When an enterprise, whether with regard to profit or non-profit, grows or strategizes expansion, it usually opens additional locations. Banks, coffee stores, supermarkets, department stores, restaurants, beauty salons and spas, airlines, and even government offices may operate in more than one area, domestic or foreign, to cater to the needs of their customers or clients.
Such additional locations may possibly be in the form of an agency or even a branch.
Branch or Agency?
Based on its objectives, the enterprise might adopt the form of either a branch or an agency. Both are part of a central organization and while these people conduct operations away from their home workplace, they are not a separate legal entity in the latter.
The key difference between the 2 lies in their degree of autonomy or even independence. For instance, a sales agency typically does not stock inventory, but only displays merchandise, takes purchases and arranges for delivery from the merchandise. In other words, the agency simply acts on behalf of the home office (H. O. ), with the latter dealing with the other aspects of operations such as buy of merchandise, advertising, and allowing of credit.
The branch, however , has a greater degree of autonomy and therefore operates more independently of the home workplace than the agency, primarily in the subsequent aspects:
Provision of a wider selection of services to customers or clientele
Exercise of greater management decision-making
Handling of more aspects of company operations, such as stocking of inventory, filling of customers’ orders, credit and collection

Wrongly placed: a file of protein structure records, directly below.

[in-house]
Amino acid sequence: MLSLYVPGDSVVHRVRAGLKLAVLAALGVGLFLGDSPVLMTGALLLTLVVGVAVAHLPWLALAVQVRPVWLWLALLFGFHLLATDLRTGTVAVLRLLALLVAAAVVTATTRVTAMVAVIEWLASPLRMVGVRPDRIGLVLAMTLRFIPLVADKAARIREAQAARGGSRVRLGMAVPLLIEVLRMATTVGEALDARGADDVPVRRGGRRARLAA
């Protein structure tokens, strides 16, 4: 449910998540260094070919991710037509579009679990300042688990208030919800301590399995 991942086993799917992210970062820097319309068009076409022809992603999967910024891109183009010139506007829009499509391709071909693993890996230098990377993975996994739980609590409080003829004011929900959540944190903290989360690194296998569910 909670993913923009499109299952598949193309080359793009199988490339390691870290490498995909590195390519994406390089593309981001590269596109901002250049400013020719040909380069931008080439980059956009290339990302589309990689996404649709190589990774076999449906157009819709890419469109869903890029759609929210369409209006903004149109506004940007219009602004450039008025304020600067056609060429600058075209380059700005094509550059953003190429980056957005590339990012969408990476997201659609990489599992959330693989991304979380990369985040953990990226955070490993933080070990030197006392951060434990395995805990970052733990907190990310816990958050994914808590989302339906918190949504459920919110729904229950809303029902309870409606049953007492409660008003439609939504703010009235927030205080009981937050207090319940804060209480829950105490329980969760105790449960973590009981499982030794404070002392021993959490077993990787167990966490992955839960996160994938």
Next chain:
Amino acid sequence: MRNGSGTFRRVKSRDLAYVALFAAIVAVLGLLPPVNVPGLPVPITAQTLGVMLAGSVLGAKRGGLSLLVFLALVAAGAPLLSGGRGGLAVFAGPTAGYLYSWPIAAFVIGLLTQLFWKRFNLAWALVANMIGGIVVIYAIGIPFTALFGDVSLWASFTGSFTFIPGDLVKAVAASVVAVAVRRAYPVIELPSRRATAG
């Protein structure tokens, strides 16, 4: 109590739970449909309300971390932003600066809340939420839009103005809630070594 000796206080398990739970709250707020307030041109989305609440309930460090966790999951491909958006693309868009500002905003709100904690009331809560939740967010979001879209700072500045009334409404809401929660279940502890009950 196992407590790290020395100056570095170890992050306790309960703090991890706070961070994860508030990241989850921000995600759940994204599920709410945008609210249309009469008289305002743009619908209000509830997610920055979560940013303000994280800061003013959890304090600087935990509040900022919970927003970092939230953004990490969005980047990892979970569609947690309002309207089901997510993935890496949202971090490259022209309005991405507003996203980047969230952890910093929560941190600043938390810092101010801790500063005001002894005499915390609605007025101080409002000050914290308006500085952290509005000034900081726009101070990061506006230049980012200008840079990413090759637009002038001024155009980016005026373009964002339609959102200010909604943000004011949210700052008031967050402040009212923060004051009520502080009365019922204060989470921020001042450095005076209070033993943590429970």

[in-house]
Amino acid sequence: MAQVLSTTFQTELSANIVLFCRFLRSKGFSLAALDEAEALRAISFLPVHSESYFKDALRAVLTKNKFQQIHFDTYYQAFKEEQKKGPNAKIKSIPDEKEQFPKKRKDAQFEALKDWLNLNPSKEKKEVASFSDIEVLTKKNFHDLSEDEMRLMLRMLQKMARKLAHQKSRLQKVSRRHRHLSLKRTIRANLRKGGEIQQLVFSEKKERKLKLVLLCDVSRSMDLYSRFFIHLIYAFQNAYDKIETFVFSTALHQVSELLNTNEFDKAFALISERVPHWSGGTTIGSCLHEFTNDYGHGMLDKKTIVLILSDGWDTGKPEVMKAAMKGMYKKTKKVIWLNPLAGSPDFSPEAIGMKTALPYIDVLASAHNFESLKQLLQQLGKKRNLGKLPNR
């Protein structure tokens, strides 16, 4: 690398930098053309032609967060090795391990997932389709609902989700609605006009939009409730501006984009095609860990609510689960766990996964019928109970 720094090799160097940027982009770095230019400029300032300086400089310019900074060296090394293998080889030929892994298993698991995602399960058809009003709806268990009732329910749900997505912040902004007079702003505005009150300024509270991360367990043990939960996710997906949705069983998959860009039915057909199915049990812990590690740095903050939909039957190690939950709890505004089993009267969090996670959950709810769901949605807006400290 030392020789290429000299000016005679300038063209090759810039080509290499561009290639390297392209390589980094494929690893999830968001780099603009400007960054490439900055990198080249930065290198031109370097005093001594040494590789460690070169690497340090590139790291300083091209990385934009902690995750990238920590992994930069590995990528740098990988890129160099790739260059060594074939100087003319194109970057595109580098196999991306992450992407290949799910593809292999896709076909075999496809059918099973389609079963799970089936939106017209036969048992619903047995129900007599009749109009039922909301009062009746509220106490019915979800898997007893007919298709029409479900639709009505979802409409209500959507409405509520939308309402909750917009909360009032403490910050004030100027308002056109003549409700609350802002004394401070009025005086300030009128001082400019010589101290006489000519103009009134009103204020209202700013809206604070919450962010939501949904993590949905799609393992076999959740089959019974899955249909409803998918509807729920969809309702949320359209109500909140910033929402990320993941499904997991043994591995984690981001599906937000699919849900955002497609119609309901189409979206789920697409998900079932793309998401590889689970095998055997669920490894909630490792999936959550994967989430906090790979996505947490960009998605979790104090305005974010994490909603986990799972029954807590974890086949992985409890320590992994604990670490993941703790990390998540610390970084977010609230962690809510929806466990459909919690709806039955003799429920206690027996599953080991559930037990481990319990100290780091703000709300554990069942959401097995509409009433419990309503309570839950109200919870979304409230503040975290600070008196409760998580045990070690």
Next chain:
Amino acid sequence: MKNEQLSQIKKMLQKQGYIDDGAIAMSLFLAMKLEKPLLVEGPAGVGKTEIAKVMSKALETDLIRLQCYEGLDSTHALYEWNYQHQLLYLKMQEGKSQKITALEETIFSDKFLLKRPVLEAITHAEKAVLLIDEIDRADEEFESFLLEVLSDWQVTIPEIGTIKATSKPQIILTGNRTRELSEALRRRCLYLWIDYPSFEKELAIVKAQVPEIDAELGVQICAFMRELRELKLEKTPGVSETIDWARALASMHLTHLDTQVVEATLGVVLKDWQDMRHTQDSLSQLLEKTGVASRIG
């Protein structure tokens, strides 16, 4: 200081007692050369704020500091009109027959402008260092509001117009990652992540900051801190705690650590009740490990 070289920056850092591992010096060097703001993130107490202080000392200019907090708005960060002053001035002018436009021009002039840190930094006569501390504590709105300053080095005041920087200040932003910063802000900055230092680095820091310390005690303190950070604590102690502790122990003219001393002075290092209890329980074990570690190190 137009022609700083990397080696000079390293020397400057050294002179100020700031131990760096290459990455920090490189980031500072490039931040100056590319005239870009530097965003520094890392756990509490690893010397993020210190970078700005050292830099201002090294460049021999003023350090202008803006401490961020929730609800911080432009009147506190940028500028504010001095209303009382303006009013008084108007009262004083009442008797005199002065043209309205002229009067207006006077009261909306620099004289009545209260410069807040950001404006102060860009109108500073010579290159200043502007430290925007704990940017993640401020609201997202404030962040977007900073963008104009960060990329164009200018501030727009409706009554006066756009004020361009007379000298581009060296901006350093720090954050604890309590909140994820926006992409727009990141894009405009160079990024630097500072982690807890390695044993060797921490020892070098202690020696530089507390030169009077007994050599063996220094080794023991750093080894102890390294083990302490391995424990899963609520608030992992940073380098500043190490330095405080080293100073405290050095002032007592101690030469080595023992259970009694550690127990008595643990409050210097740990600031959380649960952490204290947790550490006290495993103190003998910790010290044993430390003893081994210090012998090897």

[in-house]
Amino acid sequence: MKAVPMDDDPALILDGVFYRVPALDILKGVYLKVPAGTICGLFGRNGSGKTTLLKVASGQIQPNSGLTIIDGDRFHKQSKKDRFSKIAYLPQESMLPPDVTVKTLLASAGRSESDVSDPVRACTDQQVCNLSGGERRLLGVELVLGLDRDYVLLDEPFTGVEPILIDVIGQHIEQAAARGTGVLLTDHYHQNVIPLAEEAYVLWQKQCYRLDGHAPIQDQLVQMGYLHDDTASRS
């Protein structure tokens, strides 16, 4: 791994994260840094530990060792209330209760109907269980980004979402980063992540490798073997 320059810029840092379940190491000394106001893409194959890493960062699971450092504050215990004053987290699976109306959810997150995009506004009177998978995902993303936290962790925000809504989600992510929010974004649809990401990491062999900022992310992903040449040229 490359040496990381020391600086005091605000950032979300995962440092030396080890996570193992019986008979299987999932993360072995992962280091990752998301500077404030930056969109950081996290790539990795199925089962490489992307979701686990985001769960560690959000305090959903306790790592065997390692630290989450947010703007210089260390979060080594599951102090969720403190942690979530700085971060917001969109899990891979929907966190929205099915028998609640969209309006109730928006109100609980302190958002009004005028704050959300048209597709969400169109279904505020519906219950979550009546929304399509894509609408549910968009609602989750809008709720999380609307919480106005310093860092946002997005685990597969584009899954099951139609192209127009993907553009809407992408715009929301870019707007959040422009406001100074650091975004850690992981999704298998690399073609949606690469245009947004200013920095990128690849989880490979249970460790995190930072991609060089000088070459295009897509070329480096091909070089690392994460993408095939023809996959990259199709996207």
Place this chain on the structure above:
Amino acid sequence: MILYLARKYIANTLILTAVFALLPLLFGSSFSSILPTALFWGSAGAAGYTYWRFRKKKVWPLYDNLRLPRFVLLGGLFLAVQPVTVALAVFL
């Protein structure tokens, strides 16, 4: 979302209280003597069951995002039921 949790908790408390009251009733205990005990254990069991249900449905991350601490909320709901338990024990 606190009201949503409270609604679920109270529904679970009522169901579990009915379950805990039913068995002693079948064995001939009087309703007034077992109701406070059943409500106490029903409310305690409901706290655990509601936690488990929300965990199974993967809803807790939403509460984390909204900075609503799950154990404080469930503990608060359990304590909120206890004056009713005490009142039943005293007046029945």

Maintenance of a separate human resources system
Separate Branch Accounting System
Reflecting this greater degree of autonomy, the branch typically maintains its separate accounting system, while the agency does not. In fact , it is the home office which records all agency transactions within the former’s accounting system.
Such maintenance of separate accounting records by the department and the home office facilitates more effective control over operations and enables top management to better assess branch performance plus make strategic business decisions for your company.
Accounting for Branch Functions
The accounting transactions recorded from the branch are generally of the following forms:
External transactions or transactions with parties external to the company as a legal entity (e. g. customers, suppliers, creditors, utility companies)
within the branch
with other divisions of the company
with home office
It by the branch of its external transactions and those which by nature affect only the branch (i. e. internal transactions within the branch) is done using the normal accounts and journal entries. Nevertheless , in recording the branch’s transactions with the H. O., certain intra-company accounts will have to be created and utilized. Likewise, inter-branch transactions or transactions of the branch with another department are usually coursed or cleared through the H. O. using intra-company accounts.
At the end of the accounting period, the particular branch prepares its own financial statements based on the balances of its accounts, yet only for internal reporting purposes. These types of branch financial statements still have to be combined with those of the H. U. for external reporting purposes, in such a way that the resulting reports reflect the financial condition and results of operations of the company as a single entity.